Mike Steenhoek: Coronavirus Impact on Soybean Transportation03/11/2020 | Transportation, Soybean News, Economics, Covid-19 Updates
Commentary by Mike Steenhoek
Executive Director, Soy Transportation Coalition
The soybean industry has been receiving numerous inquiries regarding the impact of the coronavirus on soybean exports and supply chains. As we all are aware, we still do not have a full understanding of the ultimate extent of the virus outbreak. During this uncertainty, the following information may be of interest.
First, it has not been a surprise to many of us to witness the recent low volume of U.S. soybean exports to China. For the week ending March 5th, the U.S. Department of Agriculture (USDA) reported 139,721 metric tons (5.1 million bushels) of soybean exports to China. That is the equivalent of 2-3 ocean vessels. While the U.S. and Chinese governments have recently expressed confidence that China will ultimately fulfill the purchase targets contained in the Phase-One deal, there are several widely acknowledged headwinds preventing robust U.S. soybean export sales to China:
- This is the time of the year in which the U.S. soybean export spigot normally gets turned off and the Brazilian soybean export spigot gets turned on. Eighty percent of U.S. soybean exports occur between the months of September and February. s many are aware, since Brazil is a southern hemisphere country, their harvest occurs during our spring months and their planting coincides with our harvest season. The Brazilian soybean harvest currently underway continues to portend significant volumes of production. Brazil is normally the dominant global supplier of soybean exports this time of the year. The U.S. typically becomes the dominant supplier later in the year as our harvest comes online.
- The persistence of African Swine Fever in China continues to depress demand for soybeans compared to recent volumes.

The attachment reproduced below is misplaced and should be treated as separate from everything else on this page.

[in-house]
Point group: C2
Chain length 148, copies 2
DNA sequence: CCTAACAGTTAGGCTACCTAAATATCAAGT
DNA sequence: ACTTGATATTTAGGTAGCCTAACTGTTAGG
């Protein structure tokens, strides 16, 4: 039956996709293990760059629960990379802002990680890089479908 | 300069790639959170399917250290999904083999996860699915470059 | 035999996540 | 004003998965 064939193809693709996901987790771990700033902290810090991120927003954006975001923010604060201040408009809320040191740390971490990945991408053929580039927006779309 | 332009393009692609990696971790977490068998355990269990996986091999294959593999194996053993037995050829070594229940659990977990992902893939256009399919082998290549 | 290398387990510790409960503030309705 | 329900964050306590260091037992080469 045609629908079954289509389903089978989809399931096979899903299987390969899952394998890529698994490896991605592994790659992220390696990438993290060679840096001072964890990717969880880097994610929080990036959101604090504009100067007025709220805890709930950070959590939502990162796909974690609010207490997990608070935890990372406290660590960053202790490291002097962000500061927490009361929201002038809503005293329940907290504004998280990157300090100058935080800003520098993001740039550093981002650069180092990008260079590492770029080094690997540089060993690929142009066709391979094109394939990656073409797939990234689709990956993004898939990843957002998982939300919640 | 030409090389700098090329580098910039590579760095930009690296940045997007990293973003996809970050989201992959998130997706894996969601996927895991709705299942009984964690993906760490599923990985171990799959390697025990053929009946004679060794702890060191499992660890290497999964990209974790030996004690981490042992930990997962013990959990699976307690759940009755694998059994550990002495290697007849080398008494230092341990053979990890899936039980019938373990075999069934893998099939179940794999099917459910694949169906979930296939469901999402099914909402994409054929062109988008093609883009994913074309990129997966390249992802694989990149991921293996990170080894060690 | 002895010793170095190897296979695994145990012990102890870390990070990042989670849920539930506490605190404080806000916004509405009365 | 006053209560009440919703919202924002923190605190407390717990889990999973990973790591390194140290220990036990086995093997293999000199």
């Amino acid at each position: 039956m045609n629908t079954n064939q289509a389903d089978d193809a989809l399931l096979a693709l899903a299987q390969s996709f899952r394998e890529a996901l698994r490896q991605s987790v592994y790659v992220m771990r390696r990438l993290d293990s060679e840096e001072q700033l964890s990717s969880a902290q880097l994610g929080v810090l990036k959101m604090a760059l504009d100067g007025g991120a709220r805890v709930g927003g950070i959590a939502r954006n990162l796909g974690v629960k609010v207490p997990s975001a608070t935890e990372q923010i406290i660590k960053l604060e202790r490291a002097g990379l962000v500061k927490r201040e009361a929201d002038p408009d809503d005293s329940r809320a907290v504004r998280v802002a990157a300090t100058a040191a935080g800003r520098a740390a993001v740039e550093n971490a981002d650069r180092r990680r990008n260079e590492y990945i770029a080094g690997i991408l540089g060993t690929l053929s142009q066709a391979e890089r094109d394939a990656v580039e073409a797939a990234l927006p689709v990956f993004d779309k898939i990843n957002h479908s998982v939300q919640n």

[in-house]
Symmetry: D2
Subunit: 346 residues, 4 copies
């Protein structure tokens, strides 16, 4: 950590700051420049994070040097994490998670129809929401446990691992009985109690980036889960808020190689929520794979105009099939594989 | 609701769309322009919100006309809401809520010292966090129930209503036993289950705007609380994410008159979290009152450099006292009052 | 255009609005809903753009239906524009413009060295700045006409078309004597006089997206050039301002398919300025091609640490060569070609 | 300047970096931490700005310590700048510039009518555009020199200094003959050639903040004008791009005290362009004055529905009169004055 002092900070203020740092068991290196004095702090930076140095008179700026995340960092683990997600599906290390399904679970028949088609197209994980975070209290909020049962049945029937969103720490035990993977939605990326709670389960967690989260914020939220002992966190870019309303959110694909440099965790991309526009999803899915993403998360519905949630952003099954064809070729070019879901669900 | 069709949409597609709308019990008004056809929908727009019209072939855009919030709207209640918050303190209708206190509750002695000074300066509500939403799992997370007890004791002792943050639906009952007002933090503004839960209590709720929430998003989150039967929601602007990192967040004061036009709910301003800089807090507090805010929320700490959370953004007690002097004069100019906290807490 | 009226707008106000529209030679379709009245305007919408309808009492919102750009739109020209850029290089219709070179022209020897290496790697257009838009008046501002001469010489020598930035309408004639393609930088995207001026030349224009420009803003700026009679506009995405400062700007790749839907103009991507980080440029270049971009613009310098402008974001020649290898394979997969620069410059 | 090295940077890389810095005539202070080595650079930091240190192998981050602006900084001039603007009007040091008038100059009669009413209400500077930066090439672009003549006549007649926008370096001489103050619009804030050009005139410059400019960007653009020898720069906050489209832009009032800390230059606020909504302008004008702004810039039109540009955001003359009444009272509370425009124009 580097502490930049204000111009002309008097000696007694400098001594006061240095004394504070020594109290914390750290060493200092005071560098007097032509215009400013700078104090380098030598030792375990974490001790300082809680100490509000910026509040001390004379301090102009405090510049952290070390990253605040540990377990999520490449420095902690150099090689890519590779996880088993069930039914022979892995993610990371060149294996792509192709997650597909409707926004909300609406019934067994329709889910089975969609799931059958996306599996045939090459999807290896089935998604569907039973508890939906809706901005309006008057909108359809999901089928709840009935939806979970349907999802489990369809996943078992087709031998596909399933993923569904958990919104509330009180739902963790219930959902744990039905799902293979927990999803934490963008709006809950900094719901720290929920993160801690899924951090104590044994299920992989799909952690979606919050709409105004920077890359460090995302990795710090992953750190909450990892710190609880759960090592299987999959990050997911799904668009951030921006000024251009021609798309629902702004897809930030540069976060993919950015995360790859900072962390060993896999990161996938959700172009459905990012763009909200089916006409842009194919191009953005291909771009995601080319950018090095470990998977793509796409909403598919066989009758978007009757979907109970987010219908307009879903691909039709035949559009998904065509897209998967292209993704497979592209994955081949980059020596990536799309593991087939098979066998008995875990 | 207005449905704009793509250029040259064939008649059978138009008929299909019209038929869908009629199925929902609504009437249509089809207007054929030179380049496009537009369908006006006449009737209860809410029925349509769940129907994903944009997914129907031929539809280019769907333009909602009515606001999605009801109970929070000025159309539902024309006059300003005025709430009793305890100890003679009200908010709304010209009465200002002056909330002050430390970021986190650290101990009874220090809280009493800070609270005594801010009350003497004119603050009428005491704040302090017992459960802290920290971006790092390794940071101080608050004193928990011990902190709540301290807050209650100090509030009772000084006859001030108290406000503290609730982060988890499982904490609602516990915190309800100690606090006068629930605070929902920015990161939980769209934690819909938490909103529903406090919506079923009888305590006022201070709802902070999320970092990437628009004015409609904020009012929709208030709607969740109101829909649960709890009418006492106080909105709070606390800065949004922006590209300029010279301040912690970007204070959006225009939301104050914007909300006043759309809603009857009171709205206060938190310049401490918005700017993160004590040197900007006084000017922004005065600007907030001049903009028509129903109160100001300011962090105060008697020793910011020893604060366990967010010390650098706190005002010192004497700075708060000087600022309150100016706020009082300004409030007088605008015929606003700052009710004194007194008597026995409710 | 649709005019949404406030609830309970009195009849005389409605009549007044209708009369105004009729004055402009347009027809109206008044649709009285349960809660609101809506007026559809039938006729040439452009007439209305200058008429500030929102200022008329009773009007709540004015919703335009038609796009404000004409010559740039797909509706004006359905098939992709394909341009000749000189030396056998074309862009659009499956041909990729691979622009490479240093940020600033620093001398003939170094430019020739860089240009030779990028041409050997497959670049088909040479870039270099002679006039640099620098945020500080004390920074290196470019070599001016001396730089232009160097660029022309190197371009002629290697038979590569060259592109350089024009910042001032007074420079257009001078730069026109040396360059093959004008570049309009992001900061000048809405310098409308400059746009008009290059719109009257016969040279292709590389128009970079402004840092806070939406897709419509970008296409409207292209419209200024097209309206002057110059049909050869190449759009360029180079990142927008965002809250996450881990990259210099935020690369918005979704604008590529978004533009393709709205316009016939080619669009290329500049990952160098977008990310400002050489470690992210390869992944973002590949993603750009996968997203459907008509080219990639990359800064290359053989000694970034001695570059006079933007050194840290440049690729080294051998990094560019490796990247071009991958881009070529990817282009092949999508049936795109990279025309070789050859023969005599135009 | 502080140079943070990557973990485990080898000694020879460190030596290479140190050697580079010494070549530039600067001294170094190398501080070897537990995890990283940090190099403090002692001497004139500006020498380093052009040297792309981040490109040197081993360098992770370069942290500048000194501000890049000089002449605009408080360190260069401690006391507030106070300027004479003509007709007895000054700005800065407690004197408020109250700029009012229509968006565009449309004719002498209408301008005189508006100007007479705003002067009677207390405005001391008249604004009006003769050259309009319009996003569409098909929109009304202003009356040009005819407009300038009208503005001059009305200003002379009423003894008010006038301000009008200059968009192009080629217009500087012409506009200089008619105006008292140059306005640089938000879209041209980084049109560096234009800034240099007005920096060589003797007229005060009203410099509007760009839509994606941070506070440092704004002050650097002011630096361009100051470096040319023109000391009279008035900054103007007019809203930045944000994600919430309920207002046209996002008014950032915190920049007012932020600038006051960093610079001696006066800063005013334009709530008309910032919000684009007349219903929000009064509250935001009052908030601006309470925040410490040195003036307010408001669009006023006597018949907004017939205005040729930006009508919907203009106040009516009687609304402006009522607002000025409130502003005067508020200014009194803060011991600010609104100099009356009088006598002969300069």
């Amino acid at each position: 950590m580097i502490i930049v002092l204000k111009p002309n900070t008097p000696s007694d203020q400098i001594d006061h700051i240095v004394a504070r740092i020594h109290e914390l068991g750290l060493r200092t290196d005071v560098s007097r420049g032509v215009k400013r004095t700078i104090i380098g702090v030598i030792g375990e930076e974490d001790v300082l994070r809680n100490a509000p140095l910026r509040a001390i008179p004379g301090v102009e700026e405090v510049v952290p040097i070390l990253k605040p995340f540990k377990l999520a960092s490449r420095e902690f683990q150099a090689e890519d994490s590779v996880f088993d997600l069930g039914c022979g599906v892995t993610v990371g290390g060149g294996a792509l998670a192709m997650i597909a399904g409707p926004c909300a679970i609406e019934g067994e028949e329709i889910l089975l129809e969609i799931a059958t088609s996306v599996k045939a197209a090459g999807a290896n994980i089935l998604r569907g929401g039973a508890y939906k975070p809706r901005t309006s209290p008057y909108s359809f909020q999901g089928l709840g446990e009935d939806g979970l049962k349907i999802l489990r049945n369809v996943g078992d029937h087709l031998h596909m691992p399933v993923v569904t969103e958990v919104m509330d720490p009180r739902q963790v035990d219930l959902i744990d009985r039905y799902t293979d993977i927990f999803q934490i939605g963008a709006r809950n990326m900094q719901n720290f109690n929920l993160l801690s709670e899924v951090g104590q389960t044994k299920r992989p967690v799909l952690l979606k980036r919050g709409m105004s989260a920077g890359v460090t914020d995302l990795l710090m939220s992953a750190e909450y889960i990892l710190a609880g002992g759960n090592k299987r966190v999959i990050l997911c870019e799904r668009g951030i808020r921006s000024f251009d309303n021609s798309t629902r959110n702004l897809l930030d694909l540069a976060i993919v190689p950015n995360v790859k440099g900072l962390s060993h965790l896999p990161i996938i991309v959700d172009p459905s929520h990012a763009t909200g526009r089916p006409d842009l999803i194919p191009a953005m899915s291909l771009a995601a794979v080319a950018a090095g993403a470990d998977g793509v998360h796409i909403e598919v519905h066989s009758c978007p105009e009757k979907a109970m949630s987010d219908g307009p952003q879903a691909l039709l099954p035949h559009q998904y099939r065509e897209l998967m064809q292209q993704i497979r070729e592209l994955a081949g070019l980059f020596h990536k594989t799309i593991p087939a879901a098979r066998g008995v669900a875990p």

- The significant strengthening of the U.S. dollar compared to the Brazilian real continues to result in U.S. soybean exports being more expensive compared to Brazilian soybeans. Currently $1.00 is trading at 4.64 Brazilian reais. In 2017, $1.00 traded at between 3 – 3.5 Brazilian reais. In 2013, $1.00 traded at approximately 2 reais. The U.S. dollar has strengthened 11% against the Brazilian real since January 1, 2020, alone.
Brazilian soybean exports to China have been occurring
According to the Brazilian Ministry of Agriculture, 236,000 metric tons of Brazilian soybeans on average were exported to China daily during the first three weeks of February. Despite the spread of the coronavirus in China, Brazilian soybean exports did continue. During the same period in 2019, daily soybean exports from Brazil to China were 263,400 metric tons on average.
Weekly U.S. soybean and grain exports
The USDA reported the following export sales for U.S. soybeans, corn, and wheat:
Week ending March 5th, 2020
- Soybeans: 572,416 metric tons
- Corn: 829,865 metric tons
- Wheat: 415,548 metric tons
Week ending March 7th, 2019
- Soybeans: 672,174 metric tons
- Corn: 793,570 metric tons
- Wheat: 615,715 metric tons
Weekly soybean and wheat exports for the most recent week declined compared to the same week in 2019. Corn exports, in contrast, increased (note: One metric ton = 36.74 bushels of soybeans or wheat; One metric ton = 39.37 bushels of corn)
U.S. soybean and grain exports year to date (Source: USDA)
Soybeans 30,130,673 metric tons 26,858,270 metric tons
Corn 14,947,795 metric tons 26,611,680 metric tons
Wheat 19,228,487 metric tons 17,625,944 metric tons
As you can see, soybean and wheat exports are up thus far in 2020 compared to the same period in 2019. Corn exports are lower (note: The marketing year for soybeans and corn is Sept. 1 thru Aug. 31; The marketing year for wheat is June 1 thru May 31)
Containerized shipping has experienced declines
With the normal slowdown in manufacturing and shipping in China due to the Lunar New Year and the subsequent outbreak of the coronavirus, there have been a considerable number of blank sailings between China and the U.S. This has resulted in empty containers rapidly accumulating and U.S. ports due to a decline in return journeys to China. This has been a growing concern for ports, exporters, and importers.
Logistics internally in China have been significantly curtailed as well. While a variety of sources continue to highlight how manufacturing and supply chains in China are recovering, returning to a state of normal will take some time. Eight percent of U.S. grain exports occur via container so this disruption has certainly impacted those companies.
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